Yes indeed, it’s 2020, and profiteers are selling naïve and gullible people miracle cures based on bleach and God-knows-what snake oil. So, yeah, this is a real problem, even in the day and age of the “on-demand information via Google”. Bleach based remedies are nothing new really, as the FDA warned about such solutions since 2010 when snake oil sellers advertised them as panacea capable of curing almost any known disease, ranging from autism to pedophilia in cats. All jokes aside, Sodium chlorite products are dangerous, and you and your family should not use them for treating disease, regardless of what you read on Facebook or wherever.
Yet, this is a very serious issue, and we’re talking about ingesting bleach-based products in order to cure disease. There are over 40,000 calls annually to poison control centers all across the United States related to poisoning with household bleach-based products, whether accidental or intentional ingestion, including inhalation of fumes.
Bleach toxicity is well known and researched, and it derives from its corrosive activity following contact with the skin and/or mucous membranes. It’s true that small ingestions are not likely to provoke significant toxicity, yet large ingestions are very dangerous, as they may cause severe (yet rarely fatal) gastrointestinal injury, plus various systemic effects, including hypernatremia, metabolic acidosis, and hyperchloremia. What does it mean? Well, in laymen’s terms, if you ingest, or worse, inject disinfectants into your body, depending on the quantity, quality, and one’s personal luck, you may end up with anemia, organ failure, blood clots, kidney injury or even cardiac arrest. Bleach specifically literally destroys red blood cells, which leads to anemia (the red blood cells cannot provide oxygen to your body/organs).
Moreover, bleach provokes inflammation if ingested or injected, alters the blood pH, and that’s what leads to kidney damage and possible cardiac arrhythmia/arrest.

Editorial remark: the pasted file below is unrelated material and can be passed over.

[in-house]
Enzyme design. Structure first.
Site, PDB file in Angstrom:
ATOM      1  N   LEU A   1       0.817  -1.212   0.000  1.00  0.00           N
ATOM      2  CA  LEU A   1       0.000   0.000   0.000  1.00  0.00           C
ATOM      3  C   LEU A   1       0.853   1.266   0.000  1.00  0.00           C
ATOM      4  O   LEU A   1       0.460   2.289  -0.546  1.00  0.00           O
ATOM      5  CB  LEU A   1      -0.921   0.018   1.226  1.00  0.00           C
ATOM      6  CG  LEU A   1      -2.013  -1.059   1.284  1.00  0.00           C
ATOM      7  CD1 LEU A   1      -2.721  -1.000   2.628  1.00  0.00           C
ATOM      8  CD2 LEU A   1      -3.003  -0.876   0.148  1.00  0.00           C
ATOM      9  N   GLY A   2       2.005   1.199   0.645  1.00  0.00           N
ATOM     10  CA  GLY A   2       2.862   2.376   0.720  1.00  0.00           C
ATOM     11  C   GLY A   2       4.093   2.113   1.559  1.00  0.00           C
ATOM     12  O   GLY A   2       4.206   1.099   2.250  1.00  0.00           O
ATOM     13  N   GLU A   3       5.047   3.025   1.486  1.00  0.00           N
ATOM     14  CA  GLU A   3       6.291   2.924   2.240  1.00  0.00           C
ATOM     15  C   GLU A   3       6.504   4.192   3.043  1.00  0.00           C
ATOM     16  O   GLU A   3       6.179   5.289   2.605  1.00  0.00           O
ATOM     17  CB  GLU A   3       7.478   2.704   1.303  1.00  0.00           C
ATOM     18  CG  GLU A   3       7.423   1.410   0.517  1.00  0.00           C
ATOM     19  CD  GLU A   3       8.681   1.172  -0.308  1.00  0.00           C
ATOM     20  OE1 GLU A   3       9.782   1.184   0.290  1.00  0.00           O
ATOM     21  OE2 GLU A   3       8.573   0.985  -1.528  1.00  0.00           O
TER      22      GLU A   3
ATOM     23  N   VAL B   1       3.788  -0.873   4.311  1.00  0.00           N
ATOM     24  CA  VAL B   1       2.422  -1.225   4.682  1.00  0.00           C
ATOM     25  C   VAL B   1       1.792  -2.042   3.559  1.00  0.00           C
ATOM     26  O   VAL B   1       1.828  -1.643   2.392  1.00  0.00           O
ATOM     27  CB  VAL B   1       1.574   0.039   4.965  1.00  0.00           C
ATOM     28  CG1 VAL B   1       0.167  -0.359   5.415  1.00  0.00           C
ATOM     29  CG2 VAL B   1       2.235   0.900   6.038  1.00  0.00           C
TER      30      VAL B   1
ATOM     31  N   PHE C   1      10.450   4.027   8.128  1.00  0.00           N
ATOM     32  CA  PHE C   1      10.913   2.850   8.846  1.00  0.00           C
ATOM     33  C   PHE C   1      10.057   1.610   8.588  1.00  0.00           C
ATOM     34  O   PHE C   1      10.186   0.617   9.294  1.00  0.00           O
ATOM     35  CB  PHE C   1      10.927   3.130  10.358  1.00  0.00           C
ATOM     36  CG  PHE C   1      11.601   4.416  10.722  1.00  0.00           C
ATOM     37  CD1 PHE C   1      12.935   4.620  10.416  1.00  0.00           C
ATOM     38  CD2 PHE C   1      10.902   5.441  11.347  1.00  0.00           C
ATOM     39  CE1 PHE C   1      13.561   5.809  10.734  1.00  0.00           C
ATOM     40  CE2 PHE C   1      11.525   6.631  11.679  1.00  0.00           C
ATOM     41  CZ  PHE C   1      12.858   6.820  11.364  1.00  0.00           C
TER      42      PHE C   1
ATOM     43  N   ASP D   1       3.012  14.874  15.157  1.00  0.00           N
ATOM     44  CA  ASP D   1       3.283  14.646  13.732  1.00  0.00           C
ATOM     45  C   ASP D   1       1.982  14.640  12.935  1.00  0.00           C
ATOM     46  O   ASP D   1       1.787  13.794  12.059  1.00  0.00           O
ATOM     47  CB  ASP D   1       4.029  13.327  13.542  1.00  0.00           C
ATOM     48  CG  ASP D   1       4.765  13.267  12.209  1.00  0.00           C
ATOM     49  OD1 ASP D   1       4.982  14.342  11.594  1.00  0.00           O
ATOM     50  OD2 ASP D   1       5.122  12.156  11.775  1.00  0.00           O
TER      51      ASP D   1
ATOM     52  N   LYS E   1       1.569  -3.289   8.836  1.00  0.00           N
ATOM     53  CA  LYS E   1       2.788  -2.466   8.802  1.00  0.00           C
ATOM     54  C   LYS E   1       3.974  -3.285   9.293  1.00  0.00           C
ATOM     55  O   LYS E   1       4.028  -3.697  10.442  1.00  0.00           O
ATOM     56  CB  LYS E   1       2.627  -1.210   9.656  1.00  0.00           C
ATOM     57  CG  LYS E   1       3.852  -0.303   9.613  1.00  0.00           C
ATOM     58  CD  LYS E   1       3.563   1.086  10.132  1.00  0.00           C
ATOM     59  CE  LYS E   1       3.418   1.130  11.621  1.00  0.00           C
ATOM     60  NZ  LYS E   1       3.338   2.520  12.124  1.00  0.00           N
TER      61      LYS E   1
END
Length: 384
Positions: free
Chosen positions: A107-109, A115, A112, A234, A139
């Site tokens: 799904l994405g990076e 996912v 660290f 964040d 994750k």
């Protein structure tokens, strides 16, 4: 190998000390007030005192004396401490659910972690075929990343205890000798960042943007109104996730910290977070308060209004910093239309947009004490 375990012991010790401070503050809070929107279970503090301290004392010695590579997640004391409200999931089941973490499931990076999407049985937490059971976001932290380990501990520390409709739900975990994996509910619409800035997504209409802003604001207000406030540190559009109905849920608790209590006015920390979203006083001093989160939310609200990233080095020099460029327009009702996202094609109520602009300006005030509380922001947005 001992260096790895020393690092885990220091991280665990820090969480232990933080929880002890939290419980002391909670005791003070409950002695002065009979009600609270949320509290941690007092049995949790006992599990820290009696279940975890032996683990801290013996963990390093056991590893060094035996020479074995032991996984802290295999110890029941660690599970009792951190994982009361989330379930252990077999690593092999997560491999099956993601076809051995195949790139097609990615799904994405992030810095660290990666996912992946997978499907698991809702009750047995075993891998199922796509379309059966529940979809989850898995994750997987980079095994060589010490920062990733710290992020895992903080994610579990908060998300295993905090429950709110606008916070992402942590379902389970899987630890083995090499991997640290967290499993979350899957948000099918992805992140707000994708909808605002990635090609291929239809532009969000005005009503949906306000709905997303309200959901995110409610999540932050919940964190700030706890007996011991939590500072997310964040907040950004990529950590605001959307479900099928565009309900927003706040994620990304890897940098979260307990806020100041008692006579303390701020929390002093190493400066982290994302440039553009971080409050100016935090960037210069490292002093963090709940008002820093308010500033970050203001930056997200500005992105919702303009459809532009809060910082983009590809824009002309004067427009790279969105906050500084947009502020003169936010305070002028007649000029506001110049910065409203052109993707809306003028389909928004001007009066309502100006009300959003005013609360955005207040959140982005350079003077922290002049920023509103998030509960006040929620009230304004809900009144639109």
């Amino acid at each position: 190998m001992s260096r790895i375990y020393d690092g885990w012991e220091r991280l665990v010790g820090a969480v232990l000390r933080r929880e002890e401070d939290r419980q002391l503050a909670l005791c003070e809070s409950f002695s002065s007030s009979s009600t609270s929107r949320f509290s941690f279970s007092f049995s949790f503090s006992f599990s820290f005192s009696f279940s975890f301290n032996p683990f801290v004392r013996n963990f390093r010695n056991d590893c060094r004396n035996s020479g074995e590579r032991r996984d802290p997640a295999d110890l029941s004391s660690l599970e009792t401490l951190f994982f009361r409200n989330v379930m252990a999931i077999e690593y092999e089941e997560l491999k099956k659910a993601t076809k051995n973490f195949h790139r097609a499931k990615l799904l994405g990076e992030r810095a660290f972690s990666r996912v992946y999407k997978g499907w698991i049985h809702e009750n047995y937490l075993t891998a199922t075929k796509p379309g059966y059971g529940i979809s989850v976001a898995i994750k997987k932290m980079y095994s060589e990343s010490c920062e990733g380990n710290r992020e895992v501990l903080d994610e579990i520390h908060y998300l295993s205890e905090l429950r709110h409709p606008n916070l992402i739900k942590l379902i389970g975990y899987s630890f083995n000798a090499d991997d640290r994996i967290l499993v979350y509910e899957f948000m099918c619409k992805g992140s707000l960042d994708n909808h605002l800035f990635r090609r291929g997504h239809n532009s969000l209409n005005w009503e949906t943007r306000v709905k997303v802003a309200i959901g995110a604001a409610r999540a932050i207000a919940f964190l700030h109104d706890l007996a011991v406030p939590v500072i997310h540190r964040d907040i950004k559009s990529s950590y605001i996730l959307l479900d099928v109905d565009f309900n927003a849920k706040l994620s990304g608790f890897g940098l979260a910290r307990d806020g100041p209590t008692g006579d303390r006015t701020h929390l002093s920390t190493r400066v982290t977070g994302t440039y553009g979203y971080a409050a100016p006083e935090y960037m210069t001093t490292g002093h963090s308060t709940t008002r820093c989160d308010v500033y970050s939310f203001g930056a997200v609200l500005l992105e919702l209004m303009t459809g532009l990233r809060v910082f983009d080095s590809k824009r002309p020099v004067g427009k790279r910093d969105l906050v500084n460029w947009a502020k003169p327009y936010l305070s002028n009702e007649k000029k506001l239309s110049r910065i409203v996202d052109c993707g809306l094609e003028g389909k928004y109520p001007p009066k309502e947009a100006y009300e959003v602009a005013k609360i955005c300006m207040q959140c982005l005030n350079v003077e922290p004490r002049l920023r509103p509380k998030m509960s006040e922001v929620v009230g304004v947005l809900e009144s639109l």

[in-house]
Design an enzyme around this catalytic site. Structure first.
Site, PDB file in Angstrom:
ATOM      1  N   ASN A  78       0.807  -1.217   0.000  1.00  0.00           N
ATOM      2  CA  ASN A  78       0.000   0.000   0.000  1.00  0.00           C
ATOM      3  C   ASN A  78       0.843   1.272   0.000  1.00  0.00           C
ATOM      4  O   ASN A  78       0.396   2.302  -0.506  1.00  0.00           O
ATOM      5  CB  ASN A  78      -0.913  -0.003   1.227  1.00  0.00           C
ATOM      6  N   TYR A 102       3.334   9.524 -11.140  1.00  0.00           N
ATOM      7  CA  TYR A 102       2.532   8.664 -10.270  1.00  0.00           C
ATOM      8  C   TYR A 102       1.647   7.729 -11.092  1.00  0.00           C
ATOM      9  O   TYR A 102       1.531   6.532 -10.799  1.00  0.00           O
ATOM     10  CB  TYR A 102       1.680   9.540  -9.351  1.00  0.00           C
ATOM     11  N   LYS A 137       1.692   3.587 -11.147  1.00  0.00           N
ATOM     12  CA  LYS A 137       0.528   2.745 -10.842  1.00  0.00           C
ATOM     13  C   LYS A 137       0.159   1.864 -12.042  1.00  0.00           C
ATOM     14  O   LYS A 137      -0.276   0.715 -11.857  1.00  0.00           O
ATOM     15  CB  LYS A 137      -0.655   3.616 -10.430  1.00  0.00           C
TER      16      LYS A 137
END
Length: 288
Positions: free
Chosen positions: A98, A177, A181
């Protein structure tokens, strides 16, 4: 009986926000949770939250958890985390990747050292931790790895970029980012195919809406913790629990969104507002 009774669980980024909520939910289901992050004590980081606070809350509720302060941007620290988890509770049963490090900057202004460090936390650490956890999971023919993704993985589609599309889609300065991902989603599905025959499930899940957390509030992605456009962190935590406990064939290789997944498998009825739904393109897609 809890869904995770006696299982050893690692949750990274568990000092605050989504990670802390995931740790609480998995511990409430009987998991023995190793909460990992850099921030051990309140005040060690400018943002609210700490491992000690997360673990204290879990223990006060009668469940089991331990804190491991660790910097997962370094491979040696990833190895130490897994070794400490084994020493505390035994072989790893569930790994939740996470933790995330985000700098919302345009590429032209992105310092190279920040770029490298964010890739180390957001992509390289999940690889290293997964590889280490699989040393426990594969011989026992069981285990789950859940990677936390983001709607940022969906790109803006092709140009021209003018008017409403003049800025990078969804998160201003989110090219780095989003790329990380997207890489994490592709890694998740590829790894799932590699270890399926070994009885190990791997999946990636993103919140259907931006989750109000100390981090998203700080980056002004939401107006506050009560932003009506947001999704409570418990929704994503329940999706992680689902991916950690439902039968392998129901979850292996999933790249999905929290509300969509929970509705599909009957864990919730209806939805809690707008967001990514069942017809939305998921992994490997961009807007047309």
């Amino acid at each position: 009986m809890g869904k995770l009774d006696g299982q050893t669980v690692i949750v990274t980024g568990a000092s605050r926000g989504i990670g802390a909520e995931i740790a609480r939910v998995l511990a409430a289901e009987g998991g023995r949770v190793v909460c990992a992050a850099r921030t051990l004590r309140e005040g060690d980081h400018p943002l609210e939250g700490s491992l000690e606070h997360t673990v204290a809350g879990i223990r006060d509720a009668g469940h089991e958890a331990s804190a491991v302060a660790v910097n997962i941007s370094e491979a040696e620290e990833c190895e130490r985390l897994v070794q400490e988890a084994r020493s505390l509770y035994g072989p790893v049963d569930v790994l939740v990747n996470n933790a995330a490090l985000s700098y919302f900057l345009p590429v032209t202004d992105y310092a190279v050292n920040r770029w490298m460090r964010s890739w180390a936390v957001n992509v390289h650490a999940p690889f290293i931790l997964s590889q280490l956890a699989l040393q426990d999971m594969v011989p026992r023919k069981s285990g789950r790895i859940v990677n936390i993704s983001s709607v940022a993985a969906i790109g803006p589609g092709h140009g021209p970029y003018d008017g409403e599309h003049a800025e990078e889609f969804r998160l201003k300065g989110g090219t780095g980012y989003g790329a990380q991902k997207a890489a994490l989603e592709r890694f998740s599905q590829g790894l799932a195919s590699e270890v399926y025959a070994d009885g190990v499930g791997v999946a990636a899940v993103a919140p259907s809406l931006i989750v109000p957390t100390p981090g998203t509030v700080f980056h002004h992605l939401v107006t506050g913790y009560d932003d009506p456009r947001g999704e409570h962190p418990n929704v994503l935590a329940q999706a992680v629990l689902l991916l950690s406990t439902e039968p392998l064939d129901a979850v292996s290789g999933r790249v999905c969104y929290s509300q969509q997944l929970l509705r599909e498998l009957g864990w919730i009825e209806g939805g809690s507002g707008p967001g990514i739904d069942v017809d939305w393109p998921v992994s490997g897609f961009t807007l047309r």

Exposing skin to bleach-based products is also dangerous, especially if we’re talking about high concentration solutions which may lead to chemical burns. Alcohol toxicity is well known and studied, and we’re not talking about your home-made moonshine, but injecting/even drinking isopropyl alcohol, i.e. the stuff you find in rubbing alcohol and various other household disinfectants. The difference between moonshine/regular alcohol and isopropyl alcohol is that the latter is metabolized by the liver into acetone, which is highly toxic, as your body cannot break down acetone, which may lead to nervous system damage.
Truth be told, we don’t really know much about how badly one’s body would react to an injection with disinfectants, and that’s because exploring such avenue in clinical trials would be highly unethical. After all, who would volunteer to do such a thing, right? There are some stories heard in ER rooms about junkies shooting-up disinfectants due to urban myths claiming that such a method helps with cleaning blood impurities and reversing opioid overdoses, but all they accomplish is severe inflammation and blood cloths.
The lesson to be taken home is this: disinfectants are very important in certain situations, and when they are used properly, they are great and they do a good job of keeping our society safe and sound. However, by definition, a disinfectant (bleach, alcohol, Lysol, or whatever) is a biocide, which means it kills/disrupts living cells in biological systems. Injecting or drinking disinfectants is a no-no procedure.
If you’re getting ideas about miracle cures on social media or wherever, the best course of action would be to call your MD first, or at least do some proper internet research and look for the toxicity of a given substance. You must learn that there is no specific treatment for COVID-19, which is basically a coronavirus, the same stuff that gives you respiratory tract infections every year. There is no vaccine, no cure, no miracle drug, and seriously ill people are treated symptomatically, ideally on a case-to-case basis.
I hope the article helped. Stay safe, eat well, boost your immunity via supplements, vitamins, and minerals (C, A, D, zinc, selenium, magnesium), enjoy the sunshine (boosts your immune system), and don’t despair. Everything will be okay as long as you keep that bleach bottle away.